I’m rather astonished that I’m managing to join in with the Margery Sharp celebrations at Beyond Eden Rock (organised by Jane) – chiefly because I only managed to start The Eye of Love (1957) on Saturday, and have had a very busy weekend. Indeed, it’s been a busy old year so far, which is the reason I must give for not having published as many blog posts as I’d intended so far. But the combination of fierce determination and (more importantly) Sharp’s excellent writing have made me finish just in time.
The Eye of Love is the third Sharp novel I’ve read so far, and it’s been on my shelves for many years. The reason I chose this one is because it turns out it’s the only one I have in Oxford (I had intended to go with Britannia Mews) – but it is rather lovely, and (sorry, but the connection is irresistible) sharp.
This is Sharp’s quirky take on a romance novel, her motif being that the ‘eye of love’ sees things that other eyes cannot; basically, beauty is in the eye of the beholder. In this case, the beholders are a middle-aged couple, one of whom (born Dorothy Hogg, but choosing instead the name Dolores Diver) fancies herself a Spanish Rose type, comb in hair and shawl around her shoulders, but is known by laughers in the street as Old Madrid. Her inamorata is Mr Gibson, a portly man who has made his money in retail. As the novel opens, they are deciding that they can no longer be a couple. They have been in love, and lovers, for a decade – but both decide, unspoken, that people of their disparate stations do not marry. Instead, Mr Gibson must marry a Miss Joyce, solely for business reasons.
They are both rather distraught, but Sharp’s masterstroke is adding a third element: the young girl Martha. She is Dolores’ niece by marriage, orphaned and living with Dolores, and a more convincingly stolid and dispassionate child never existed in fiction. She is not mean or intentionally rude, she is simply completely uninterested in the emotional lives of the adults around her. Where Dolores hopes she will be a shoulder to cry on, or even some sort of go-between, she naively and honestly makes no indication that she misses him at all. Martha adds wonderful comedy to the novel, and Sharp draws her beautifully. Oh, and she’s also something of an artistic genius, unbeknownst to everyone (including herself).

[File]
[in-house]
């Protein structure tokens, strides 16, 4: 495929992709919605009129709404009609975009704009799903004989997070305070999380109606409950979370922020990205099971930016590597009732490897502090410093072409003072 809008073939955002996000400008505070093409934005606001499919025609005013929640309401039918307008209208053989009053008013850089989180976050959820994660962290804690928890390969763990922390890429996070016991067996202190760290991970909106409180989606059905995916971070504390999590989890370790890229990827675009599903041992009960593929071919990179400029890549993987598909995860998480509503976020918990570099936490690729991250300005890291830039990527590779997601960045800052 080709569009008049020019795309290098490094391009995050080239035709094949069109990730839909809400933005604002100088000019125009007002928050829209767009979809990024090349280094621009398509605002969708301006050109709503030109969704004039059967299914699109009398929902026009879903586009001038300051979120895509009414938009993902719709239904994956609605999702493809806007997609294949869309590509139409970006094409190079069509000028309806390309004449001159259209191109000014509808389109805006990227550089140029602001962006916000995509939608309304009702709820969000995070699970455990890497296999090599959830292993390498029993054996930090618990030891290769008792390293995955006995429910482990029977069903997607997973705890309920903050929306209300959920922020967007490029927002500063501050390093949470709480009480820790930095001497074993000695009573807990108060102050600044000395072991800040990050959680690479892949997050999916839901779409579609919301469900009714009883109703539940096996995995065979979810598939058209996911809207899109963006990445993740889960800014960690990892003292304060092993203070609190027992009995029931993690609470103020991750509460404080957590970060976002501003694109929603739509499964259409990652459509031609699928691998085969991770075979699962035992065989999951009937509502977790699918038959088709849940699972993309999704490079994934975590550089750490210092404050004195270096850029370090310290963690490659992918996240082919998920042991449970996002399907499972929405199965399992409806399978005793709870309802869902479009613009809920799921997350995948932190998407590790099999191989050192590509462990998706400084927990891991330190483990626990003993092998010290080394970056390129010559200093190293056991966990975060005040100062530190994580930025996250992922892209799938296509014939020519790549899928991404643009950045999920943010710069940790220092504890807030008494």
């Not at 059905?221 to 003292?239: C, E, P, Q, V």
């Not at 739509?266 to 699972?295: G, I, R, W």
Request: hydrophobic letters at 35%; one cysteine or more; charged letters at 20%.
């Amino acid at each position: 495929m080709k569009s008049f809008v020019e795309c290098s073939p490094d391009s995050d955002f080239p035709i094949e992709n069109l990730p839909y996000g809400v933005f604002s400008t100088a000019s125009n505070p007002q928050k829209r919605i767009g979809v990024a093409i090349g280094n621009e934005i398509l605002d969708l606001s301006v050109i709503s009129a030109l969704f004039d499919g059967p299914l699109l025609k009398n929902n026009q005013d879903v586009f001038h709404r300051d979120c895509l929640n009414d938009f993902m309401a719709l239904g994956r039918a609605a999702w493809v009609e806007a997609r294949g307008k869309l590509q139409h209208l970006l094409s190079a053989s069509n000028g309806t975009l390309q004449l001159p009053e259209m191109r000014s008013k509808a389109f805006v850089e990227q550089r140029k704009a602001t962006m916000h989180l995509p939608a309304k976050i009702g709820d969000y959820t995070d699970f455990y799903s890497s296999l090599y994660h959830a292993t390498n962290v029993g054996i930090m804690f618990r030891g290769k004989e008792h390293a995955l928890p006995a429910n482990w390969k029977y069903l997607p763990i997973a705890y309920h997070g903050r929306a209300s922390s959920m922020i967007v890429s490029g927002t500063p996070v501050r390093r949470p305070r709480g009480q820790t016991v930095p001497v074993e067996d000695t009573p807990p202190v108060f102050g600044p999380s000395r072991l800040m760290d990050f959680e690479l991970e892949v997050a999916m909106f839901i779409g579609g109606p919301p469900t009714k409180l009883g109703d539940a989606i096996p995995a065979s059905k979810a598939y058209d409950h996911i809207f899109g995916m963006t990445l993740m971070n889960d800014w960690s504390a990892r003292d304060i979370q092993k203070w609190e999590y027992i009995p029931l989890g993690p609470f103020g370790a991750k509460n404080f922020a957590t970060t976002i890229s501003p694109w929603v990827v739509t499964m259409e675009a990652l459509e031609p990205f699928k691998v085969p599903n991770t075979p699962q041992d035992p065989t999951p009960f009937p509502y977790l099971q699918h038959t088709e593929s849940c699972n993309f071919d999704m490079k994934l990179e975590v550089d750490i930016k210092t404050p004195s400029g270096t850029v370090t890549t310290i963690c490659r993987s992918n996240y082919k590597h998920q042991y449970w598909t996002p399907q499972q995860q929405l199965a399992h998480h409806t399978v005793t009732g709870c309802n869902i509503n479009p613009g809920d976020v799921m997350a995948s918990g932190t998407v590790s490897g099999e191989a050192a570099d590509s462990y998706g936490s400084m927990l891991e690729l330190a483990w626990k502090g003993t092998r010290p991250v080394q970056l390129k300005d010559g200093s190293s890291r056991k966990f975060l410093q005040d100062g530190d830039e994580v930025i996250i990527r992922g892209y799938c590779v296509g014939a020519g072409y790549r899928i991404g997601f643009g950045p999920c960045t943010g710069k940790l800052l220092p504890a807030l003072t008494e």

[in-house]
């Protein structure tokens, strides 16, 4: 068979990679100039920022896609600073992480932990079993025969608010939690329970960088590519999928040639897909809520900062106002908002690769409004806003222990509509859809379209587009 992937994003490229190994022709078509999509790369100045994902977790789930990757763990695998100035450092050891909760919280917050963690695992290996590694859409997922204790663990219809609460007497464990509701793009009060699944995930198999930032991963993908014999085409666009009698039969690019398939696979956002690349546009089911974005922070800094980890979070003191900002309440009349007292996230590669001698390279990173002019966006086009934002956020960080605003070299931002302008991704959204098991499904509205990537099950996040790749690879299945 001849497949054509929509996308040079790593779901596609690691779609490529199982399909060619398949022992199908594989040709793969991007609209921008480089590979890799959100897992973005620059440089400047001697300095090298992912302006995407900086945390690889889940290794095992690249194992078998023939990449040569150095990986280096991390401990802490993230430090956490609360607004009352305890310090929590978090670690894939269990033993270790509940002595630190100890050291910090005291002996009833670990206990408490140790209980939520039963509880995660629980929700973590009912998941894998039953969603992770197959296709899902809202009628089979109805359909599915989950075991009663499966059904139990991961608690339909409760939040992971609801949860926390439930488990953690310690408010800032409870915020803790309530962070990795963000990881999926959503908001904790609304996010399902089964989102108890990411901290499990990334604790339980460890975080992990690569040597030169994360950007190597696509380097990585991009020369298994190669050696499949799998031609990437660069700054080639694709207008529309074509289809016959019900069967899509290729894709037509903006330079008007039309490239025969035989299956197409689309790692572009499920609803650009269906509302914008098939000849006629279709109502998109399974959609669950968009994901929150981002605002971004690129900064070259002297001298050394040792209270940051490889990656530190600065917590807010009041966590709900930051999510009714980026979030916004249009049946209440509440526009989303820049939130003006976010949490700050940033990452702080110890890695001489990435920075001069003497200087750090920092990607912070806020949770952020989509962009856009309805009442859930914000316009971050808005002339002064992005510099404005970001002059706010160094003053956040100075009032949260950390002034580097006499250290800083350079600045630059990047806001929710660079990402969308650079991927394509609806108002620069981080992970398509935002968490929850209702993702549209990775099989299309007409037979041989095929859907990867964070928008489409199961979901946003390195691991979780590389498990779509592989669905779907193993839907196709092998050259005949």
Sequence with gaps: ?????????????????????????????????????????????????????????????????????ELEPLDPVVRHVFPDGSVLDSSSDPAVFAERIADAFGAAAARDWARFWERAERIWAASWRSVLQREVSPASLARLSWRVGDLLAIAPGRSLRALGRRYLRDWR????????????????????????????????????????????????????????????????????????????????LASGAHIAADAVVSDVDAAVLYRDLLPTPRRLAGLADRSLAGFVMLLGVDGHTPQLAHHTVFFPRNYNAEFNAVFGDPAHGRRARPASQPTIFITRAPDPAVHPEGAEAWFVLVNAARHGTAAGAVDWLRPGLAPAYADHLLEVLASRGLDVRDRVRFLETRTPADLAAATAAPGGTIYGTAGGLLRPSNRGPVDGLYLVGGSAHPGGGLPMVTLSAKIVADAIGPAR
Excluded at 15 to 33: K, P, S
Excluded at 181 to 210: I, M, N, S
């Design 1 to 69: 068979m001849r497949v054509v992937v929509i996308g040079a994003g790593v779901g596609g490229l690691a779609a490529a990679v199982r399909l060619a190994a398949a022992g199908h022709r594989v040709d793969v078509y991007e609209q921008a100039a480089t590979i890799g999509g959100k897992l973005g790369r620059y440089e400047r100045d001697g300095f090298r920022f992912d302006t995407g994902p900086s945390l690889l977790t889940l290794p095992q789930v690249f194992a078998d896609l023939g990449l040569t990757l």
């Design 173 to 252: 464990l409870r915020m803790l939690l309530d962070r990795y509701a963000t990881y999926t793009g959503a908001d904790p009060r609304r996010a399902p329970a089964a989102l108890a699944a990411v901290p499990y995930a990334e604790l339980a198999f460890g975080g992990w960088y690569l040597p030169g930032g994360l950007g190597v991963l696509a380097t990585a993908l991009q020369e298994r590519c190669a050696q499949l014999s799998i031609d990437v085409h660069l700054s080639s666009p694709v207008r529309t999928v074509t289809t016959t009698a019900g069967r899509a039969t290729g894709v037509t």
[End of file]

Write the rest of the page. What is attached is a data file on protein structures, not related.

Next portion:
Martha is not the only element of comedy. The narrative is always undermining the characters’ emotional effusions or deceits. When Miss Joyce accepts Mr Gibson’s proposal, with supposed surprise, Sharp adds:
As she moved impulsively to accept his embrace, she impulsively pressed a bell; the maid who brought in the champagne must have been very handy.
That repeated ‘impulsively’ works wonders. It is a very amusing book, and that – as in Cluny Brown, which I failed to finish in time for Margery Sharp Day 2015 – is due chiefly to this way Sharp has as a narrator. The most ordinary events are lent a spin of dry humour, but, vitally, Sharp remains intensely affectionate about her characters – and so does the reader. That is the keynote of the novel, that has various twists and turns and interlacing events: Dolores and Mr Gibson may appear ridiculous to many, but Sharp ably makes it so that the reader, like the characters, sees them instead through the eye of love.
Incidentally… my copy is The Popular Book Club, eventually a subscription book-of-the-month type club, and my copy still had the original brochure tucked in it (at around p.20, suggesting that they didn’t get very far). It features a little bit about the author…